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Christianizing the Roman Empire (A.D (A.D. 100-400)
Christianizing the Roman Empire (A.D (A.D. 100-400)
von Ramsay MacMullen
  Taschenbuch
Preis: EUR 16,70

5.0 von 5 Sternen What "Conversion" to Christianity Meant, 100-400 A.D., 4. Dezember 1999
MacMullen's portraits of how people of the Empire became "Christians" are indelible -- and possibly, to some, disturbing. His account of how masses, crowds, throngs -- were "converted" to Christianity at the same time, on the same occasion, is riveting and thought-provoking. MacMullen describes too the very real, "everyday," yet typically, today, minimized, way miracles led to conversion and the Christianizing of the Roman Empire. Indeed, MacMullen's assessment (buttressed by his nearly exclusive reliance on primary sources) of what conversion meant in the first centuries after Christ is the heart of the book. MacMullen deploys indefatigable erudition (don't shrug off the footnotes: they contain some of the best writing in the book) and expresses himself with style, even grace, a thoughtful man writing authoritatively -- if at times iconoclastically -- about a crucial passage in the development of Christianity and rise of the West.


Cryptonomicon
Cryptonomicon
von Neal Stephenson
  Gebundene Ausgabe

3.0 von 5 Sternen Why Won't Anybody EDIT This Author?, 25. November 1999
Rezension bezieht sich auf: Cryptonomicon (Gebundene Ausgabe)
Why won't anybody EDIT Neal Stephenson? I slogged my way through Cryptonomicon, but great stretches reminded me of the unnatural and inspiration-sapping effort of walking on loose beach sand -- and in this case, it's a very, very long beach. Much of what writers do may indeed be -- as in Norman Mailer's famous and insightful phrase (based on alert vivisection of the the authorial ego) -- "advertisements for myself." But the advertisements do not have to be, as in this latest novel by Stephenson, so tiresome, tedious, and self-indulgent; so merely (but often barely) clever; so suffused with the feeling of family anecdotes; so LONG, LOOSE, AND LIMP.
None of these matters is fatal in itself. Thomas Wolfe (Look Homeward, Angel; Of Time and the River; You Can't Go Home Again) showed that even a great talent NEEDS A GOOD EDITOR -- to keep him from over-enchantment with himself; to keep him focused, moving forward, and polished; to tell him, time and time and time again, what to SKIP, SCRAP, OR JUST PLAIN "FERGIT ABOUT"!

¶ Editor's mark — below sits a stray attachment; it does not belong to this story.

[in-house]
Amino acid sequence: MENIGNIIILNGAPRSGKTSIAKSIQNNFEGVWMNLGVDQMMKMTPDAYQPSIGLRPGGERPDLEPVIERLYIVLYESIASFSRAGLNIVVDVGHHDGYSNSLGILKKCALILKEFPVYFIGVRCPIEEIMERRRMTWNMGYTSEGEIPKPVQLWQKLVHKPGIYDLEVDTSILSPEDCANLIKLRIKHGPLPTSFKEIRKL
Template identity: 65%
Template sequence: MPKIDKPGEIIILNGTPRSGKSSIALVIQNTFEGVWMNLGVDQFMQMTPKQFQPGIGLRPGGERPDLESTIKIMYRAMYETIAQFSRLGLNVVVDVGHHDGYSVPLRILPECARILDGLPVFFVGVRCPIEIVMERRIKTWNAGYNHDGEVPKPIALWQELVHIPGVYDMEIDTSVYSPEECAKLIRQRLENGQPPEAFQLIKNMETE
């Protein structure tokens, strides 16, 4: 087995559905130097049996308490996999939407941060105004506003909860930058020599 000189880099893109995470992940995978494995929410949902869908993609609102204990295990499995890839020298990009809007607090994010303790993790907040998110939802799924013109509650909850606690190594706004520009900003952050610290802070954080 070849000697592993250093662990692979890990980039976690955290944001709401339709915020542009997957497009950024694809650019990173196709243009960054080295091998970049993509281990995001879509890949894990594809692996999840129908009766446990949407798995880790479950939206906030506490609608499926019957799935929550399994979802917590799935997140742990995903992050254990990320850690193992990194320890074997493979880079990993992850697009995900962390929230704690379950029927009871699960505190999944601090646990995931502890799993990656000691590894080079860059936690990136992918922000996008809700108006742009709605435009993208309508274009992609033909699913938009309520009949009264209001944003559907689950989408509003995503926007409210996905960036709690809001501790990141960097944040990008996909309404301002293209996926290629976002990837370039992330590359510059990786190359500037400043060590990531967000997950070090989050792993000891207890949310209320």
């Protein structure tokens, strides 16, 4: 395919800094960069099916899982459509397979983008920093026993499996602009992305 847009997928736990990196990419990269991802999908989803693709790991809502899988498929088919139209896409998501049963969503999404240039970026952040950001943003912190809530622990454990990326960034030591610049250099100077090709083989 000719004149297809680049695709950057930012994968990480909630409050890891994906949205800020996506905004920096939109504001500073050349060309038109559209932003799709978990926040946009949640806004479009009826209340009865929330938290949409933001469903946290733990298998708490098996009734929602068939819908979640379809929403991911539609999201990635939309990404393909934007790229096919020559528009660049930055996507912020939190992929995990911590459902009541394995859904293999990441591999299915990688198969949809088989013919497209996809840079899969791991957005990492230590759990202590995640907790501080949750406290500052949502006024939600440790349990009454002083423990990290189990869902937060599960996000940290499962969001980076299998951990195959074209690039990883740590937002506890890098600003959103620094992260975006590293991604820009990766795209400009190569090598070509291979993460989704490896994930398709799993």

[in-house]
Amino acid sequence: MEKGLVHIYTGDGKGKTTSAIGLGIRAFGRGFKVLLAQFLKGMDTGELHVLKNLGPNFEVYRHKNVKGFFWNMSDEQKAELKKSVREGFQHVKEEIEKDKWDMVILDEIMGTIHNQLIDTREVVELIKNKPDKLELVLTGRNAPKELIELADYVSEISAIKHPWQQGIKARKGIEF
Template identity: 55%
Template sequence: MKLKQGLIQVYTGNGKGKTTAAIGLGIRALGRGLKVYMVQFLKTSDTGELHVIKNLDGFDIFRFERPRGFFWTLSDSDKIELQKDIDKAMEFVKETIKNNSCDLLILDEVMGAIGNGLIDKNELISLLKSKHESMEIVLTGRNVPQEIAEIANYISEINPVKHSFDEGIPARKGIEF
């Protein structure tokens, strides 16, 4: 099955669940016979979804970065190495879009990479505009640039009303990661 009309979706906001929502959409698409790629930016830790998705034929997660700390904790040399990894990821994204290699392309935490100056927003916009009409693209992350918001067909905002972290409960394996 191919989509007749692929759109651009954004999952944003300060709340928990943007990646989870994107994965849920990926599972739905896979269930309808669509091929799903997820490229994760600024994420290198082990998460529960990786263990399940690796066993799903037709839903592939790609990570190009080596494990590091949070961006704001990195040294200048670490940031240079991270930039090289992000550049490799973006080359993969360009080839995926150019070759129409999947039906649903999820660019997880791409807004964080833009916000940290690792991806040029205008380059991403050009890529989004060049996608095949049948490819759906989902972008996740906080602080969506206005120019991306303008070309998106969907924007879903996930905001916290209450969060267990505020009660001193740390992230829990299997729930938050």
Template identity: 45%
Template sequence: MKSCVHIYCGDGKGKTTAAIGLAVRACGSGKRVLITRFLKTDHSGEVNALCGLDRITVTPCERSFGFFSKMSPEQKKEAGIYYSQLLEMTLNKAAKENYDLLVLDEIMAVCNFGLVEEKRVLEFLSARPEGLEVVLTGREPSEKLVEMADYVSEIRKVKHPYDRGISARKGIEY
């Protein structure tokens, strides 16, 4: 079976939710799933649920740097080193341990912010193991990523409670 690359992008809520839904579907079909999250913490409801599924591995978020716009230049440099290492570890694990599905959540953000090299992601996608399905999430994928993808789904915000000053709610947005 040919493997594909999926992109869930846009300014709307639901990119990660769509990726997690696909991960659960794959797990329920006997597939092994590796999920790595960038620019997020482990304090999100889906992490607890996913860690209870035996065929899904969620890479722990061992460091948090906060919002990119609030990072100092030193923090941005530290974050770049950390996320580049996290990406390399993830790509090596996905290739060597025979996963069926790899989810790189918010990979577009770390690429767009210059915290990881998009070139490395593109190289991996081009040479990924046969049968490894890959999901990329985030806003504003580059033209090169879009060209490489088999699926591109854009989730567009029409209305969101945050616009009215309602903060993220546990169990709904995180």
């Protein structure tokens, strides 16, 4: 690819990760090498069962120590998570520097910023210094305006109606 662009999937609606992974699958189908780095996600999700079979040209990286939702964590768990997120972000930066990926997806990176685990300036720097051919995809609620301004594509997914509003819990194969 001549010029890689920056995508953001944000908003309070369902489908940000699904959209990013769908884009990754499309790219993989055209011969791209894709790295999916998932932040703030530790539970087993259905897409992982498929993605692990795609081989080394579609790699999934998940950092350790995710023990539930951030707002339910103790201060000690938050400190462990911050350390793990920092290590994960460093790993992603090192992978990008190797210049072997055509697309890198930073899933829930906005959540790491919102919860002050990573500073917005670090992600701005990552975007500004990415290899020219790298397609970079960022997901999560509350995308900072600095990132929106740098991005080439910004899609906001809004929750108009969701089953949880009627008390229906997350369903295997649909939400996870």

Good as Stephenson's Snowcrash was, and later The Diamond Age (and before all of that, The Zodiac --probably the one single novel Stephenson, by himself, sans editeurs, might actually be said to "have in him" -- as we are all, dubiously, I think, said to "have" one in us, like a pregnancy), he clearly does not intend to rest his case as a novelist on the oeuvre of those novels. He is pushing on. But I suspect those earlier novels, being written by a man with less fame and clout than Stephenson today -- got the type and intensity of editorial attention that his sort of writing requires -- and deserves.
Given his newest achievement, the massive maundering work we have before us in Cryptonomicon, there is little doubt that Stephenson has indeed pushed on in at least one direction -- in having mastered the art of giving editors and their intrusive attentions the slip!
Cyptonomicon, for Stephenson, bears lamentable comparison to Tom Clancy's Patriot Games, also a "chatty," undisciplined, anecdotally self-absorbed book pursued to wearisome lengths. Clancy has since done better (but his earliest and best novel -- The Hunt for Red October -- was heavily edited; and slim). For Stephenson -- maybe next time, eh?


O is for Outlaw (Kinsey Millhone Mysteries)
O is for Outlaw (Kinsey Millhone Mysteries)
von Sue Grafton
  Gebundene Ausgabe

5.0 von 5 Sternen Her Best Yet -- A New Level for Grafton, 22. Oktober 1999
Grafton's best yet. Pulls Kinsey out of a slump. Never sags, shows real depth and interest; great period detail. But I wonder if Grafton isn't going to have to start inching her heroine forward in time a bit more rapidly with successive books. Eleven more books to go gets us to -- when?


Equine Color Genetics
Equine Color Genetics
von D. Phillip Sponenberg
  Gebundene Ausgabe

5.0 von 5 Sternen Stands out in morass of mis- and dysinformation and "lore", 29. September 1999
Rezension bezieht sich auf: Equine Color Genetics (Gebundene Ausgabe)
D. Phillip Sponenberg, DVM, PhD, is one of a mere handful of real authorities on the inheritance of horse coat color -- a topic fraught with inherent complexities and burdened down with massive amounts of "lore" that amounts all too often to nothing more than misinformation or dysinformation. Well illustrated with color plates. Covers latest trait linkage tests (as for lethal white foal) and results of the author's extensive and in some cases unprecedented studies of horse color genetics. Not a "popular" treatment (it's from Iowa State University Press, Ames, a place of high seriousness when it comes to livestock and creatures of any sort likely to be found around farms), it is, nonetheless, accessible and generally clear. A somewhat more recent book by Sponenberg and Beaver is shorter and perhaps less "academic" than Horse Color, which is a valuable book with few, if any (in its class), competitors.


How We Became Posthuman: Virtual Bodies In Cybernetics, Literature, And Informatics
How We Became Posthuman: Virtual Bodies In Cybernetics, Literature, And Informatics
von N. Katherine Hayles
  Taschenbuch
Preis: EUR 19,90

5.0 von 5 Sternen Brief review in AMERICAN SCIENTIST, Mar-Apr 1999, p.178, 18. Februar 1999